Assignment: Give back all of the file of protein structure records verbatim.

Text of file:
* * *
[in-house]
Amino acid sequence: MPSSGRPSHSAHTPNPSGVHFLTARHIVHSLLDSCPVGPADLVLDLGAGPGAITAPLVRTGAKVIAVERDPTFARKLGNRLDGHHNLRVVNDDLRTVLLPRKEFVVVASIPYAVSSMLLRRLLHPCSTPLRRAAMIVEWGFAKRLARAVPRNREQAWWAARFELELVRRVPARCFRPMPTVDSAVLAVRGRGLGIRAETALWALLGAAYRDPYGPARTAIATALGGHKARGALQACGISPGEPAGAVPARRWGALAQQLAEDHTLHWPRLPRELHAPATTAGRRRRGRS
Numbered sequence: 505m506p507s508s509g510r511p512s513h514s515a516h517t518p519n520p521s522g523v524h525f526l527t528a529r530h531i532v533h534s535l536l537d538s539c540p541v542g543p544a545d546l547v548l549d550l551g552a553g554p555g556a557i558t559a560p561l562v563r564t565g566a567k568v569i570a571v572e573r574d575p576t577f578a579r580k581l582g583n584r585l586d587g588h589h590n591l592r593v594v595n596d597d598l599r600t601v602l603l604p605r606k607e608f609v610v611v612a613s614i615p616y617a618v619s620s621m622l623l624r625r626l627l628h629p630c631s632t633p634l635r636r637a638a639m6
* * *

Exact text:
[in-house]
Amino acid sequence: MPSSGRPSHSAHTPNPSGVHFLTARHIVHSLLDSCPVGPADLVLDLGAGPGAITAPLVRTGAKVIAVERDPTFARKLGNRLDGHHNLRVVNDDLRTVLLPRKEFVVVASIPYAVSSMLLRRLLHPCSTPLRRAAMIVEWGFAKRLARAVPRNREQAWWAARFELELVRRVPARCFRPMPTVDSAVLAVRGRGLGIRAETALWALLGAAYRDPYGPARTAIATALGGHKARGALQACGISPGEPAGAVPARRWGALAQQLAEDHTLHWPRLPRELHAPATTAGRRRRGRS
Numbered sequence: 505m506p507s508s509g510r511p512s513h514s515a516h517t518p519n520p521s522g523v524h525f526l527t528a529r530h531i532v533h534s535l536l537d538s539c540p541v542g543p544a545d546l547v548l549d550l551g552a553g554p555g556a557i558t559a560p561l562v563r564t565g566a567k568v569i570a571v572e573r574d575p576t577f578a579r580k581l582g583n584r585l586d587g588h589h590n591l592r593v594v595n596d597d598l599r600t601v602l603l604p605r606k607e608f609v610v611v612a613s614i615p616y617a618v619s620s621m622l623l624r625r626l627l628h629p630c631s632t633p634l635r636r637a638a639m6